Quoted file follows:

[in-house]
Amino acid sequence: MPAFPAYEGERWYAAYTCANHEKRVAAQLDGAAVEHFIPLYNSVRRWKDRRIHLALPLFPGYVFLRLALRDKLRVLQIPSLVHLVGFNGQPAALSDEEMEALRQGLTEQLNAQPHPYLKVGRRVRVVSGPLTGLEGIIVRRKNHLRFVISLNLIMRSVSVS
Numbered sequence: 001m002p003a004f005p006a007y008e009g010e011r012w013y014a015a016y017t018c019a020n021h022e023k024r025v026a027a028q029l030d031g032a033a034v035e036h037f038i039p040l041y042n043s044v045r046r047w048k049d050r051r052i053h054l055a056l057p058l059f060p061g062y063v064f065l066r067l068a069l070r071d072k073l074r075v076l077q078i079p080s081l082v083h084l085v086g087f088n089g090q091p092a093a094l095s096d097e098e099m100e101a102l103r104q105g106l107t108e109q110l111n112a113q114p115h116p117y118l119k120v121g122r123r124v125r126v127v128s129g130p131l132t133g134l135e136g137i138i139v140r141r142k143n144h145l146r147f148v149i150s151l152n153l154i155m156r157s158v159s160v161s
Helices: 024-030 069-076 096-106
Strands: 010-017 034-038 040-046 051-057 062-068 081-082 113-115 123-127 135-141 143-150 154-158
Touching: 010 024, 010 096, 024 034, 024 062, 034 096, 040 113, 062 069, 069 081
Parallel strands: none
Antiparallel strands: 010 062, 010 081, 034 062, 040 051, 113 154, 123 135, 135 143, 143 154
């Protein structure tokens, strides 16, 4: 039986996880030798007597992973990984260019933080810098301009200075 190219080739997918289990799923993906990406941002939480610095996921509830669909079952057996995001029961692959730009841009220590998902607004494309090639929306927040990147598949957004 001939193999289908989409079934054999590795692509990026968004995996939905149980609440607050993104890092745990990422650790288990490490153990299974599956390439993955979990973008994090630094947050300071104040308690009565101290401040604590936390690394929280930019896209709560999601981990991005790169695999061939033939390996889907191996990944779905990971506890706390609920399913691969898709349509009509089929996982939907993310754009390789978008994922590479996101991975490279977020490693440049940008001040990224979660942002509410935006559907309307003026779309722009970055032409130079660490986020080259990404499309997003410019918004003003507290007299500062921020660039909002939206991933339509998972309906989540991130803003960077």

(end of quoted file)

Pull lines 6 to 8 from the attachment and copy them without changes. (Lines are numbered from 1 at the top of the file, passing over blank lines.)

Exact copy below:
Touching: 010 024, 010 096, 024 034, 024 062, 034 096, 040 113, 062 069, 069 081
Parallel strands: none
Antiparallel strands: 010 062, 010 081, 034 062, 040 051, 113 154, 123 135, 135 143, 143 154